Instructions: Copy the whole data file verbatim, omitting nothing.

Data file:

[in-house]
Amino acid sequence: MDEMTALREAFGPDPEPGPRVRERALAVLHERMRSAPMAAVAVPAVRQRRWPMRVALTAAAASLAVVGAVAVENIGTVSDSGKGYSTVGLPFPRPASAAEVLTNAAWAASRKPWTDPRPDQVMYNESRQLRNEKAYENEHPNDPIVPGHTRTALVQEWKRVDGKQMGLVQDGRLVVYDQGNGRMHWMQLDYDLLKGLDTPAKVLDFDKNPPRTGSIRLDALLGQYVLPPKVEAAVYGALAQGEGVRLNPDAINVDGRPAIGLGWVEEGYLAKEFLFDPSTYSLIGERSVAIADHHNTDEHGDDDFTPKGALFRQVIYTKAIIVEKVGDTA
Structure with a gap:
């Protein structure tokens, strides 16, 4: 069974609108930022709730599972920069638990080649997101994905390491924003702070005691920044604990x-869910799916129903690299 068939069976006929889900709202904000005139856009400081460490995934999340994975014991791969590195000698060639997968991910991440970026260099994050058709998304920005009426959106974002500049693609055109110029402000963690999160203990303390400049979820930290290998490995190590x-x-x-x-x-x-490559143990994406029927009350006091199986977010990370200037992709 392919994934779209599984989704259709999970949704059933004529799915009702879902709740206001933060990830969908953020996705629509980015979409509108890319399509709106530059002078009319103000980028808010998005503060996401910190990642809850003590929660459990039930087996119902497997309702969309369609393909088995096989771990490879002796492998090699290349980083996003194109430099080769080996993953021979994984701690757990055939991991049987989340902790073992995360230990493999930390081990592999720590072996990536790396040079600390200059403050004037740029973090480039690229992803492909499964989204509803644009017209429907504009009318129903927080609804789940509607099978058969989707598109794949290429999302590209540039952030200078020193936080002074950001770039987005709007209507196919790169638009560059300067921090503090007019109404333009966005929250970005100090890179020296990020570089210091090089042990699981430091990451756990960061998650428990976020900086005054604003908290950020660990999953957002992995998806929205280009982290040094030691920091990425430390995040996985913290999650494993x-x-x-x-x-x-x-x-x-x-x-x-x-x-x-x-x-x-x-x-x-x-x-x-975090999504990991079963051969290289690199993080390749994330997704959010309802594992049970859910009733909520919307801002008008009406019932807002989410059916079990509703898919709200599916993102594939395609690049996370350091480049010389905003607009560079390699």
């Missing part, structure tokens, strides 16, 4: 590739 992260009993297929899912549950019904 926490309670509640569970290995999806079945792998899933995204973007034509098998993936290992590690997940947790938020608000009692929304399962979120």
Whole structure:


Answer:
[in-house]
Amino acid sequence: MDEMTALREAFGPDPEPGPRVRERALAVLHERMRSAPMAAVAVPAVRQRRWPMRVALTAAAASLAVVGAVAVENIGTVSDSGKGYSTVGLPFPRPASAAEVLTNAAWAASRKPWTDPRPDQVMYNESRQLRNEKAYENEHPNDPIVPGHTRTALVQEWKRVDGKQMGLVQDGRLVVYDQGNGRMHWMQLDYDLLKGLDTPAKVLDFDKNPPRTGSIRLDALLGQYVLPPKVEAAVYGALAQGEGVRLNPDAINVDGRPAIGLGWVEEGYLAKEFLFDPSTYSLIGERSVAIADHHNTDEHGDDDFTPKGALFRQVIYTKAIIVEKVGDTA
Structure with a gap:
């Protein structure tokens, strides 16, 4: 069974609108930022709730599972920069638990080649997101994905390491924003702070005691920044604990x-869910799916129903690299 068939069976006929889900709202904000005139856009400081460490995934999340994975014991791969590195000698060639997968991910991440970026260099994050058709998304920005009426959106974002500049693609055109110029402000963690999160203990303390400049979820930290290998490995190590x-x-x-x-x-x-490559143990994406029927009350006091199986977010990370200037992709 392919994934779209599984989704259709999970949704059933004529799915009702879902709740206001933060990830969908953020996705629509980015979409509108890319399509709106530059002078009319103000980028808010998005503060996401910190990642809850003590929660459990039930087996119902497997309702969309369609393909088995096989771990490879002796492998090699290349980083996003194109430099080769080996993953021979994984701690757990055939991991049987989340902790073992995360230990493999930390081990592999720590072996990536790396040079600390200059403050004037740029973090480039690229992803492909499964989204509803644009017209429907504009009318129903927080609804789940509607099978058969989707598109794949290429999302590209540039952030200078020193936080002074950001770039987005709007209507196919790169638009560059300067921090503090007019109404333009966005929250970005100090890179020296990020570089210091090089042990699981430091990451756990960061998650428990976020900086005054604003908290950020660990999953957002992995998806929205280009982290040094030691920091990425430390995040996985913290999650494993x-x-x-x-x-x-x-x-x-x-x-x-x-x-x-x-x-x-x-x-x-x-x-x-975090999504990991079963051969290289690199993080390749994330997704959010309802594992049970859910009733909520919307801002008008009406019932807002989410059916079990509703898919709200599916993102594939395609690049996370350091480049010389905003607009560079390699």
């Missing part, structure tokens, strides 16, 4: 590739 992260009993297929899912549950019904 926490309670509640569970290995999806079945792998899933995204973007034509098998993936290992590690997940947790938020608000009692929304399962979120």
Whole structure: